This research was made possible by financial support from the European Network of Excellence EVOLTREE (EVOLution of TREEs as drivers of terrestrial biodiversity) and from INRA Grant P-EFPA6 to Cyrille Conord.
Large-scale longitudinal gradients of genetic diversity: a meta-analysis across six phyla in the Mediterranean basin
Article first published online: 14 SEP 2012
© 2012 The Authors. Ecology and Evolution published by Blackwell Publishing Ltd.
This is an open access article under the terms of the Creative Commons Attribution-NonCommercial License, which permits use, distribution and reproduction in any medium, provided the original work is properly cited and is not used for commercial purposes.
Ecology and Evolution
Volume 2, Issue 10, pages 2600–2614, October 2012
How to Cite
Ecology and Evolution 2012; 2(10): 2595–2609
- Issue published online: 11 OCT 2012
- Article first published online: 14 SEP 2012
- Manuscript Accepted: 14 JUL 2012
- Manuscript Revised: 4 JUL 2012
- Manuscript Received: 31 MAY 2012
- European Network of Excellence EVOLTREE
- genetic diversity;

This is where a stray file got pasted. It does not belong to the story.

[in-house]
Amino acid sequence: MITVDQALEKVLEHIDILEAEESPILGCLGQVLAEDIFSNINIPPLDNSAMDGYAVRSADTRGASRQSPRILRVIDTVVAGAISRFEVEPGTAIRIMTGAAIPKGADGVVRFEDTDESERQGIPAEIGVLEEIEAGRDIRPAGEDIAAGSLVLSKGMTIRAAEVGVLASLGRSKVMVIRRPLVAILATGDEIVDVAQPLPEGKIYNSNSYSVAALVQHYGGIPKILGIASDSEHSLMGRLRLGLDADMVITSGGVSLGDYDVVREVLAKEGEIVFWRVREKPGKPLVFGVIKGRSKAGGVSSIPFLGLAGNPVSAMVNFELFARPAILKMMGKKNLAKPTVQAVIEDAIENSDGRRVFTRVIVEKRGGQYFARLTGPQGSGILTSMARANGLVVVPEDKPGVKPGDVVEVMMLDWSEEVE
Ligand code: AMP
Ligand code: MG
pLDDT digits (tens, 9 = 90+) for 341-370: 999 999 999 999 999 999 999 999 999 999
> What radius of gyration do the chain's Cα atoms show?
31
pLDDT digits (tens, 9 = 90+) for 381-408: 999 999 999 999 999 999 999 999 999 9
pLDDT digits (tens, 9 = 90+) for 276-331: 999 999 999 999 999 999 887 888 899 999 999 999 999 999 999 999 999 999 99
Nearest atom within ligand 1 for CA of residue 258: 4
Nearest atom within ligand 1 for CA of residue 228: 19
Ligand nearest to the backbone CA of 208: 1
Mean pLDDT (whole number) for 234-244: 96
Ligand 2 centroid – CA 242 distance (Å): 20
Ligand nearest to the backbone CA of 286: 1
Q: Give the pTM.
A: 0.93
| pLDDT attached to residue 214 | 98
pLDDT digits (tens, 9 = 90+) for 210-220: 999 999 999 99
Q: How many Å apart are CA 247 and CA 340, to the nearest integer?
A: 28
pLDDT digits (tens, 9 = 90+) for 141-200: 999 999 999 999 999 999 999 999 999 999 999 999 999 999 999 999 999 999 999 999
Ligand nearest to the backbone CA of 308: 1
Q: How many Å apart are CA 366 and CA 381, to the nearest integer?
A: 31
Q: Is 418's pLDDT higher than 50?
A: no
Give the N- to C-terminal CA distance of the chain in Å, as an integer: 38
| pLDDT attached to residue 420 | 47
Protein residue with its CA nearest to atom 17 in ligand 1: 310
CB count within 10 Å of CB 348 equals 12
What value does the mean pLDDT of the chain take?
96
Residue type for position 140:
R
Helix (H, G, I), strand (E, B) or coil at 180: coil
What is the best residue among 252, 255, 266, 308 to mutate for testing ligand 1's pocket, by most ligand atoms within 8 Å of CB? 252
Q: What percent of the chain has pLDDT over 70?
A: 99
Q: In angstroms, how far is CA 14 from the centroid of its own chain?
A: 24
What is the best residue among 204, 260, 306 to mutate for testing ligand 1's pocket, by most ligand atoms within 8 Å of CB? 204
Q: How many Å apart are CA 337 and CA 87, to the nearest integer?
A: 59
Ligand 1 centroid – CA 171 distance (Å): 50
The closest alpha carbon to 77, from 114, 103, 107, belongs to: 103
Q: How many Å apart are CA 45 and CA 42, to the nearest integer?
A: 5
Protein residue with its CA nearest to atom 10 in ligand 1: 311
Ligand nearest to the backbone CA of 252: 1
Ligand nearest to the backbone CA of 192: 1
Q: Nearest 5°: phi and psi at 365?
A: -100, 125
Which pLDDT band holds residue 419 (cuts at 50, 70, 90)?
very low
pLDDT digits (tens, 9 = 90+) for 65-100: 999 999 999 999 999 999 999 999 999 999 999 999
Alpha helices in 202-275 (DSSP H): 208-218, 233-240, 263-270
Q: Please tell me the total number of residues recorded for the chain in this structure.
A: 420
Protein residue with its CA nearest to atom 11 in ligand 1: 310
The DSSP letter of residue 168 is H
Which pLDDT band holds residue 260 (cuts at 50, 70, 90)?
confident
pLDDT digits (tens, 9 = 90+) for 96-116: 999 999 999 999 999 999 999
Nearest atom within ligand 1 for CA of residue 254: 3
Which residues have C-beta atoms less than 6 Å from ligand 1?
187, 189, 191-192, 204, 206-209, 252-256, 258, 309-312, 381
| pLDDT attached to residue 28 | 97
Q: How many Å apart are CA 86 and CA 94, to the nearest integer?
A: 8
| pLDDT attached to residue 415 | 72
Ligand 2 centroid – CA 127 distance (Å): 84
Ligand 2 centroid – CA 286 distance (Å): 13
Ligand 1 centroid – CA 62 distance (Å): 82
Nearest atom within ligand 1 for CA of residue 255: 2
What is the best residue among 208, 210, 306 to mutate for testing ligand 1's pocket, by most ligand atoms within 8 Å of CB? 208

- past climate;
Biodiversity is the diversity of life at all scales, from genes to ecosystems. Predicting its patterns of variation across the globe is a fundamental issue in ecology and evolution. Diversity within species, that is, genetic diversity, is of prime importance for understanding past and present evolutionary patterns, and highlighting areas where conservation might be a priority. Using published data on the genetic diversity of species whose populations occur in the Mediterranean basin, we calculated a coefficient of correlation between within-population genetic diversity indices and longitude. Using a meta-analysis framework, we estimated the role of biological, ecological, biogeographic, and marker type factors on the strength and magnitude of this correlation in six phylla. Overall, genetic diversity increases from west to east in the Mediterranean basin. This correlation is significant for both animals and plants, but is not uniformly expressed for all groups. It is stronger in the southern than in the northern Mediterranean, in true Mediterranean plants than in plants found at higher elevations, in trees than in other plants, and in bi-parentally and paternally than in maternally inherited DNA makers. Overall, this correlation between genetic diversity and longitude, and its patterns across biological and ecological traits, suggests the role of two non-mutually exclusive major processes that shaped the genetic diversity in the Mediterranean during and after the cold periods of the Pleistocene: east-west recolonization during the Holocene and population size contraction under local Last Glacial Maximum climate in resident western and low elevation Mediterranean populations.